USDC backer Circle is teaming with Genesis Trading in a $25 million deal aimed at pushing the stablecoin to the fintech masses.
Announced Wednesday, the funding comes from Genesis parent company Digital Currency Group (DCG), which, full disclosure, also owns CoinDesk.
The new partnership and funding will enhance Circle’s suite of products, and launch some new ones too, the companies said. It’s all geared toward additional USDC yield and lending services with a view toward mainstream adoption.
“We’re seeing the evolution from stablecoins as something that’s exclusively been in the crypto capital markets to really moving into a broader set of use cases in payments and commerce and financial applications around the world,” Circle CEO Jeremy Allaire said in an interview. “The logical evolution is that lending markets built on stablecoins are going to grow significantly.”
Dollar stablecoins are on a roll, with about 12 billion now in circulation. Out of the stablecoin cohort, USDC has shone in recent months, growing from just over 400 million in early 2020 to around 1.1 billion today.
Meanwhile, Genesis originated more than $2 billion in crypto loans in Q1 2020, and more than $8 billion since launching the business in March 2018. The broker has seen a marked increase in the percentage of USDC within its loan portfolio, said Genesis CEO Michael Moro.
“Look at the interest rates that various lending platforms like ours have been paying people just to buy and hold crypto, in addition to the price move in the crypto itself,” said Moro. “Now compare that to interest rates in the U.S., as well as negative interest rates abroad. With a 10-year Treasury note, we’re looking at 65, 70 basis points a year, versus being able to earn 8% potentially on your crypto, including stablecoins.”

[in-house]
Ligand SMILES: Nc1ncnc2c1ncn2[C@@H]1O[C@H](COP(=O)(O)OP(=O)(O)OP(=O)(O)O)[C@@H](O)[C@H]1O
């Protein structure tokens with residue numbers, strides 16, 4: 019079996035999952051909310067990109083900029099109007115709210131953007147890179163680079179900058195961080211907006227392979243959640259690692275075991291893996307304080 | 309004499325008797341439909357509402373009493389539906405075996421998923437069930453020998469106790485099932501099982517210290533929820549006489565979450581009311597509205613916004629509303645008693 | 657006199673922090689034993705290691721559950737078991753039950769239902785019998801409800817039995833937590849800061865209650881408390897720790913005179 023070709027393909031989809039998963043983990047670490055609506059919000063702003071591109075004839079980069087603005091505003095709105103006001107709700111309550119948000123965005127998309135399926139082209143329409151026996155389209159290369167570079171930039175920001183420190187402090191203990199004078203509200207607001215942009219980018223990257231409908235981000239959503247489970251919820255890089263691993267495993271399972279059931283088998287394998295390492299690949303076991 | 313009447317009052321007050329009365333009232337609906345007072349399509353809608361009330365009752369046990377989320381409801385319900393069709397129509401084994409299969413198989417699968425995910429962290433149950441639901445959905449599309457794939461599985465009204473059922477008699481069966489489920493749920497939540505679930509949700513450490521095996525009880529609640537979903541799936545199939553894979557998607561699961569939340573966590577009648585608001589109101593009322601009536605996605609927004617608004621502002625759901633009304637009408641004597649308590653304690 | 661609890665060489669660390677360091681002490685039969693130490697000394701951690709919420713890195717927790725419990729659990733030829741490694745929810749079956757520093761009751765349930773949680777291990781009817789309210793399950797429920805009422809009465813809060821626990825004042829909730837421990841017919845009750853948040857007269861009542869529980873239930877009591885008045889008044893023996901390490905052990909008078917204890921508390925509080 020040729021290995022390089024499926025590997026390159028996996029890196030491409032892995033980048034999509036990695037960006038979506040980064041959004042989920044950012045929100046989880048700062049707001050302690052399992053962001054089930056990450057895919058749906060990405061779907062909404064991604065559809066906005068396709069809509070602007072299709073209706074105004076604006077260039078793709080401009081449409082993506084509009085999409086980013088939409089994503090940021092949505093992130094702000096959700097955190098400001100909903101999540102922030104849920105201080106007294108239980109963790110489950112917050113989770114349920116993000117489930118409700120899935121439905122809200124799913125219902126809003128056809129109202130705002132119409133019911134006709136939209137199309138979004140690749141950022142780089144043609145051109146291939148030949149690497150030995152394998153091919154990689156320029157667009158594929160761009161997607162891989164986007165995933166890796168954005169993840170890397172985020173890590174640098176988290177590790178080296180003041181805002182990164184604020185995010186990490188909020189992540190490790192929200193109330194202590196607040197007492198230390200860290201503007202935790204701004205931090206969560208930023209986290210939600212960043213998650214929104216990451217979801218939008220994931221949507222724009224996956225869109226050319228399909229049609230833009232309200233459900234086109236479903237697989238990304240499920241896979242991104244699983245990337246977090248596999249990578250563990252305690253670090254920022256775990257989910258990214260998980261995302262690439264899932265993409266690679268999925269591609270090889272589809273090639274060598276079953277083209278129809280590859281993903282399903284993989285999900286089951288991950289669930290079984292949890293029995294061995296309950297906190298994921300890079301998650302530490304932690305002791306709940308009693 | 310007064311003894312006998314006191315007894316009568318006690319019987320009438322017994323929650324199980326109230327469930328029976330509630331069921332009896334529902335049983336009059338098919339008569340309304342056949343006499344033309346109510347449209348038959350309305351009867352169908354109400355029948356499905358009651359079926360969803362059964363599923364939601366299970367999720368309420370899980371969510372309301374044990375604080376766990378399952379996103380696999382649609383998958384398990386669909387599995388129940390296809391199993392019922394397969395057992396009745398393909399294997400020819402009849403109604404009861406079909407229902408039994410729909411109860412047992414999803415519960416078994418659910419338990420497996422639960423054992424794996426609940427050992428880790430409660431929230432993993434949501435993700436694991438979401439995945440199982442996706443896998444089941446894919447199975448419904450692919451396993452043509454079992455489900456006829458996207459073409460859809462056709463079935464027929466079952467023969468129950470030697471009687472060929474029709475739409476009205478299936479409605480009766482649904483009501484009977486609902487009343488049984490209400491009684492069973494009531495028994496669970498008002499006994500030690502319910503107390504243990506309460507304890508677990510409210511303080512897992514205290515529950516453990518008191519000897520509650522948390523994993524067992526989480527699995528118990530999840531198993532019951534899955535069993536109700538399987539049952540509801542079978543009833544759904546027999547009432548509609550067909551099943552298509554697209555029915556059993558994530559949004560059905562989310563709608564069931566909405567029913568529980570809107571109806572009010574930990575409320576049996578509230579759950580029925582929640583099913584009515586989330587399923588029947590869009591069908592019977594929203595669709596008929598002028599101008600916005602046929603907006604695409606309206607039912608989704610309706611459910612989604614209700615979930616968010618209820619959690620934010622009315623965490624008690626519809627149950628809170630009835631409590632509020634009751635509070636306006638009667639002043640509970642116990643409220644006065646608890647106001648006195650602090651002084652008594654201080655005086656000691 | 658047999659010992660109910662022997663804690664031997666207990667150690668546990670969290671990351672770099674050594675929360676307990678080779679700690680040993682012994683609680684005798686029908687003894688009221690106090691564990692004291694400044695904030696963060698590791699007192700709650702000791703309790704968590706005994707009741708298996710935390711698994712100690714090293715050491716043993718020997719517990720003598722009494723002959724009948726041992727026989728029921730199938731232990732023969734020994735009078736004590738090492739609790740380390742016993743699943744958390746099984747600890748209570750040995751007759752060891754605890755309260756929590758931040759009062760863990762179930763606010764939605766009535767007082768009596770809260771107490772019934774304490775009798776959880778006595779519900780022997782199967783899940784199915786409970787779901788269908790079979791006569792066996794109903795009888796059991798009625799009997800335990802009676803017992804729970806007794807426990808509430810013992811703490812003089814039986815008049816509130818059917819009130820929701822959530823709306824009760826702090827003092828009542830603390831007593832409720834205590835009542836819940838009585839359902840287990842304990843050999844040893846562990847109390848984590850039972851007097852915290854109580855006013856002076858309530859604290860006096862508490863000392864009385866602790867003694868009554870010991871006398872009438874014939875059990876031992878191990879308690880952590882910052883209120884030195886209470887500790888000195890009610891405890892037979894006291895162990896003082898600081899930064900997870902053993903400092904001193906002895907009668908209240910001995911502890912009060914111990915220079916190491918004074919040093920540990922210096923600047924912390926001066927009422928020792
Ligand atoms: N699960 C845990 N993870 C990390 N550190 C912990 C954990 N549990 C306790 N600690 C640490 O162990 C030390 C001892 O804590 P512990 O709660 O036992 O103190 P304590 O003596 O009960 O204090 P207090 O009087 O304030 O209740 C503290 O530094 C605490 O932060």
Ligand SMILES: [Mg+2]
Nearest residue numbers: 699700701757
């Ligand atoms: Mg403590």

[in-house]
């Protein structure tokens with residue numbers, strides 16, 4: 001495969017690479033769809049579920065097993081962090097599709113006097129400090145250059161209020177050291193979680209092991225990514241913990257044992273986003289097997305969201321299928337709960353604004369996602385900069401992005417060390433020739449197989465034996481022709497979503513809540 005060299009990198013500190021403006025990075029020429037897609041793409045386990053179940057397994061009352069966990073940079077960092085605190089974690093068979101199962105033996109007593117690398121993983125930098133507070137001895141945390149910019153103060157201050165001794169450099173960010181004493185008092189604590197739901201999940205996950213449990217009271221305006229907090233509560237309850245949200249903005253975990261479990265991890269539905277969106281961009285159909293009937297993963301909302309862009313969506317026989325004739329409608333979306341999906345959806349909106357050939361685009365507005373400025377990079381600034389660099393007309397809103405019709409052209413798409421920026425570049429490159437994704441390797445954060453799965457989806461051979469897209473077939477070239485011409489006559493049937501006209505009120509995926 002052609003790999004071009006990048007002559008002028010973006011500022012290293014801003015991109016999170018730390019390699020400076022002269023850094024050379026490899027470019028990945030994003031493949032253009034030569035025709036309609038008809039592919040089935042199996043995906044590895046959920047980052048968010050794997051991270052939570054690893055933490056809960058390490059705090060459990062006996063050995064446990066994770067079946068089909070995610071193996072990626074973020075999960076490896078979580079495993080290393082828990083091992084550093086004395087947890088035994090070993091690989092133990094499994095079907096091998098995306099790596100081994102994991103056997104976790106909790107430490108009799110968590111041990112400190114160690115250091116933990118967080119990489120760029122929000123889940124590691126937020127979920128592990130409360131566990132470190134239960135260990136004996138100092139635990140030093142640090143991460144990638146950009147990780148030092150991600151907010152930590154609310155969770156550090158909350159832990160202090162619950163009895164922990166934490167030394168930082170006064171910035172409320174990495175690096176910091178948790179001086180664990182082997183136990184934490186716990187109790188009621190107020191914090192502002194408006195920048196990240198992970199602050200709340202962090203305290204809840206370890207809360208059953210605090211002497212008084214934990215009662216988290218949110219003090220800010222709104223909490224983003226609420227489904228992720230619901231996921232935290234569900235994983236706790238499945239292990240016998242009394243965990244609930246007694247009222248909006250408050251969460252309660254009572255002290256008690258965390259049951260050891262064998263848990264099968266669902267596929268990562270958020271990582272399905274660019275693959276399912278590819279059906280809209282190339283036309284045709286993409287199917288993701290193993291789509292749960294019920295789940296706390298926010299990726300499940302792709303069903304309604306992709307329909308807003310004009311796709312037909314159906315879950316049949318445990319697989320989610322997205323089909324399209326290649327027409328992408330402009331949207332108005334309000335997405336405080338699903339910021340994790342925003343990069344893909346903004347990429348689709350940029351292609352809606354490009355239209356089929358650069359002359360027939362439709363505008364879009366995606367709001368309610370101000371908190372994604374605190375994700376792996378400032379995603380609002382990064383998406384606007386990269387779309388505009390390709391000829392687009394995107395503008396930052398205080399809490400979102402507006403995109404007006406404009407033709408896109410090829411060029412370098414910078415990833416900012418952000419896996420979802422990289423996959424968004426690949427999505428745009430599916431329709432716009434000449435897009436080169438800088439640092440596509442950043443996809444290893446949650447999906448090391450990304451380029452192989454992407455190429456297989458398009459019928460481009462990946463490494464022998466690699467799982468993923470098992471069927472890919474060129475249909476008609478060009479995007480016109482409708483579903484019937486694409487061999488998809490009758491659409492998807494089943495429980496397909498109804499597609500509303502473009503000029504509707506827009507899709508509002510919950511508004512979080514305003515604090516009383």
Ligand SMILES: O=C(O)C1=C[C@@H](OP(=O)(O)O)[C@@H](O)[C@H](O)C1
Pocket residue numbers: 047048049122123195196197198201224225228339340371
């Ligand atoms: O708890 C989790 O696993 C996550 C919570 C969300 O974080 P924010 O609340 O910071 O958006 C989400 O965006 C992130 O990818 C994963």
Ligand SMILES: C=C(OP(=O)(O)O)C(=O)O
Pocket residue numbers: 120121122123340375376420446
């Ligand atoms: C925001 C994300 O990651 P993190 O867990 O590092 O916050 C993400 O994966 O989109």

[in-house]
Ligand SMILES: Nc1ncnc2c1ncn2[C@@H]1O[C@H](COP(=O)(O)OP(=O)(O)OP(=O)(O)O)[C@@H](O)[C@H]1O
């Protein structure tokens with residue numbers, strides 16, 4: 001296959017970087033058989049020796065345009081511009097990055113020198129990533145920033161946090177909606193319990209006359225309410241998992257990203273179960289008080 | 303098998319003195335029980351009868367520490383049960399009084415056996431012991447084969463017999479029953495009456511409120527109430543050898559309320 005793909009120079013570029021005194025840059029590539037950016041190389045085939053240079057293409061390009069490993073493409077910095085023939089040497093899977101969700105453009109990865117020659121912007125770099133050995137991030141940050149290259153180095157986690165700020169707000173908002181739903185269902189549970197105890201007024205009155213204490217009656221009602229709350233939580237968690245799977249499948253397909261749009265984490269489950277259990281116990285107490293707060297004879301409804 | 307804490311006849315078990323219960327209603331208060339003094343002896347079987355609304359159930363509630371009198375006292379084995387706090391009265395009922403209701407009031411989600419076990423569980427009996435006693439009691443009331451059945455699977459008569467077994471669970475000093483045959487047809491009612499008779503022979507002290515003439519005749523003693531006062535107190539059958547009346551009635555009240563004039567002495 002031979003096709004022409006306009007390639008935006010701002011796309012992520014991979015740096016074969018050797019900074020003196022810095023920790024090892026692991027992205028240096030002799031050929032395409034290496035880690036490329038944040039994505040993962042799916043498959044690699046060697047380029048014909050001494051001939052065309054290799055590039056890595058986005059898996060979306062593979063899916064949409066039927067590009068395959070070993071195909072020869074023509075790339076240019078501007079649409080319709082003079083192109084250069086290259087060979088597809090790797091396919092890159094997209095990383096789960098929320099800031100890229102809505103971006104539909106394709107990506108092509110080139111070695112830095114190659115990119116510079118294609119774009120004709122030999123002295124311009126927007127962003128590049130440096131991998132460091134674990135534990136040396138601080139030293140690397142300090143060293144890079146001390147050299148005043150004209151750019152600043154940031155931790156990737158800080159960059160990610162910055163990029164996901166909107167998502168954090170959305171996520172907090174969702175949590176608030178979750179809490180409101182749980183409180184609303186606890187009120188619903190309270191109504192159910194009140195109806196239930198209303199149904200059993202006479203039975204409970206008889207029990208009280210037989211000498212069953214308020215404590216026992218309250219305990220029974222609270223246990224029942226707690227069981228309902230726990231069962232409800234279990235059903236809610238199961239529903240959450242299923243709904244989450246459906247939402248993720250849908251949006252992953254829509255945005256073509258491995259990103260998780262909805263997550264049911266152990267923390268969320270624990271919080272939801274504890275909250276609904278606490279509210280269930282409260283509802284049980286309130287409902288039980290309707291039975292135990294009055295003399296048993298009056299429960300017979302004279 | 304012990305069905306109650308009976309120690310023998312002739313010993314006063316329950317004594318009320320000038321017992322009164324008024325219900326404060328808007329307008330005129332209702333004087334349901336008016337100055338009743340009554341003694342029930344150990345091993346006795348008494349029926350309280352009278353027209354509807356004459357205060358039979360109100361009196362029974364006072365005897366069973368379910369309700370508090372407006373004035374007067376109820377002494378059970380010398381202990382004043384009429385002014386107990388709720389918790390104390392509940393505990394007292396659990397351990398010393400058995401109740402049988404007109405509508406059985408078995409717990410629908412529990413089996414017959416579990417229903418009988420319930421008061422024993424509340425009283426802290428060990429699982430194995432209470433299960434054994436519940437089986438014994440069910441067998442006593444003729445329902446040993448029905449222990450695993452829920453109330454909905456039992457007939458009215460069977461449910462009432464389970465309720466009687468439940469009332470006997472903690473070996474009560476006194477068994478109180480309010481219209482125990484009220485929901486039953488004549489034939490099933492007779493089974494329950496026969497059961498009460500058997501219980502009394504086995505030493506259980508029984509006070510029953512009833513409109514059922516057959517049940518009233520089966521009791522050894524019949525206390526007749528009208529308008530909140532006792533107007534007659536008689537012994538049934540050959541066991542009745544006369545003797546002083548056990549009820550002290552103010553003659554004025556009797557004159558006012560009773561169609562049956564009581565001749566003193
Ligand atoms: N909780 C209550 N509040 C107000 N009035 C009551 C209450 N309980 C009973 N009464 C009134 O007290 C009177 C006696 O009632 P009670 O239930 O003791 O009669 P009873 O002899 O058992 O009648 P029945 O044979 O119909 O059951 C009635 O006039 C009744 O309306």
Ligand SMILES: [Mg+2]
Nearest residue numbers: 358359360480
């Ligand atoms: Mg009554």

Looking back, Circle has raised $246 million over seven funding rounds, with DCG being a regular investor in the company as far back as early 2014. The USDC stablecoin was born in October 2018 out of a partnership between Circle and San Francisco-based crypto exchange Coinbase, dubbed the CENTRE Consortium.
Allaire could not say specifically if Genesis or anyone else might be joining the CENTRE consortium soon, but he did say expansion plans are afoot.
“Right now, Circle and Coinbase are the two members of the CENTRE consortium, and what I call the board of managers for the governance of the stablecoin standard itself,” said Allaire. “We are going to be expanding ecosystem participation in CENTRE and involving a far broader range of participants in the direction of USDC as a standard.”
DeFi vs. CeFi
Decentralized finance (DeFi) lending is all the rage right now, and stablecoins like USDC are being sucked onto platforms such as Compound and Maker at a rapid pace, which presents something of a contrast to the more traditional world of crypto lending.
The high-net-worth clients, family offices and institutional players that Genesis typically serves are definitely following everything that’s happening in the DeFi space, said Moro, but these sorts of investors need to know who is the counterparty on the other end of a contract.
“The idea of smart contracts kind of being your counterparty is still a new and nebulous idea, certainly to the legal and compliance arm of a business,” said Moro. “That’s not to say that DeFi couldn’t make its way into corporate America, but it’s a long way from now, in my opinion.”
There are possible areas of crossover, involving crypto hedge funds that can handle the counterparty risk in return for price arbitrage opportunities, Moro added.
“There are guys that are comfortable with the counterparty risk, trading liquidity and volatility, who are able to [arbitrage] to two markets and kind of intersect both worlds,” said Moro. “That’s a natural development, but it’s also hard to price the risk.”
While USDC’s 200% growth this year is impressive, in terms of volume, tether (USDT) dominates the stablecoin space with about 10 billion in circulation. Allaire believes issuing a transparent, regulated dollar stablecoin (USDC is audited by global accountancy firm Grant Thornton) will win out in the long run.
“There are obviously other stablecoins that have been in the market for a long time and are not regulated,” Allaire said. “What’s backing them is an open question and we have seen various legal inquiries. If you’re talking about building the future financial system, I think you want to build on something solid.”